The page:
Editorial July 2002 Karate Moms' Reading Club By Hilary Williamson
What do you do with all that time spent waiting while the kids enjoy summer (plus spring, fall and winter) sports? I know there are times for jump-up-and-down cheering when Katie scores a soccer goal or Johnny hits a home run, but there are also long periods where the action is just ... not very active. Some take this time to stare at the sky, count mosquitoes or meditate on the complexity of the universe. Others read.
It struck me recently, with Oprah's semi-abdication as reigning monarch of the reading group community, that it's time for grass-roots action, and what better place for it than the sports fields of our kids? In the last couple of years, mine have switched their recreational focus from soccer to martial arts, so I spend a great deal of time with other karate moms (and a few karate dads) peering into the dojo as our children exercise and spar with each other.
Books became a natural addition to parental discussion topics that ranged from fanatics to eccentric neighbors (the difference between these two being occasionally hard to detect), and I have passed on quite a few novels from my ever-growing library. Lidia, who travels in China on business, was a natural for Justin Hill's Drink and Dream Teahouse, and appreciated the familiarity of many of its settings. Chris asked for a recommendation and then couldn't put Susan Sloan's Act of God down.
As others listened in, discussion expanded. We've found some types of books easy to talk about - those with ambiguous or surprise endings, strong characterization, unusual subjects, or high suspense. We all argued the ambiguity of who-really-dunit in Kate Manning's entrancing Whitegirl, and shared the chills of James Patterson and Andrew Gross's 2nd Chance. After the latter, Kate White's If Looks Could Kill provided light, chocaholic relief, which is just as well as I'm about to launch the group into Alice Sebold's haunting tale, The Lovely Bones. As reading clubs go, those of sports spectators do tend to be interrupt-driven by minor injuries, moving objects and those charming adults who feel the need to argue with the ref. All that aside, chatting about books is a great way to spend these chunks of time, to get to know fellow parents, and to share the joy of reading. So feel free to start your own grass-roots reading group if you haven't already ... us karate moms will continue enjoying ours!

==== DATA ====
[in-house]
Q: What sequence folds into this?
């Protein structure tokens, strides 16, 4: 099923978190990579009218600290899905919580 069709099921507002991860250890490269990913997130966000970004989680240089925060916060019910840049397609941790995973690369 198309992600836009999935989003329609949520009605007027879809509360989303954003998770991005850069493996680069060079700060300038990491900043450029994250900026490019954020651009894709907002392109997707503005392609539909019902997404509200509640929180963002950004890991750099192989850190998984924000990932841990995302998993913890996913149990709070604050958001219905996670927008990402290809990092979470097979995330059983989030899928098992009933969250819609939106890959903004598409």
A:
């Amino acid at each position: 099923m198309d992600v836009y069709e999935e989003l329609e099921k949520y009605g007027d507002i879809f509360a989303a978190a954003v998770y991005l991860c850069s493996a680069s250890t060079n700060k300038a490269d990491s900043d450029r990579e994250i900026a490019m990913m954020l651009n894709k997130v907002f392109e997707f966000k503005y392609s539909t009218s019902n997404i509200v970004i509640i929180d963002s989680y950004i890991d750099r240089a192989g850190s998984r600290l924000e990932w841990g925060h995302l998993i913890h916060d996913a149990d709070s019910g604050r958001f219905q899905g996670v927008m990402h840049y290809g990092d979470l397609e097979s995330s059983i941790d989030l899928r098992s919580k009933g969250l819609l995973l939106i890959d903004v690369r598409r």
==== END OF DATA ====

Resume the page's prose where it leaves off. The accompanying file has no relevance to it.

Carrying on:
Note: Opinions expressed in reviews and articles on this site are those of the author(s) and not necessarily those of BookLoons.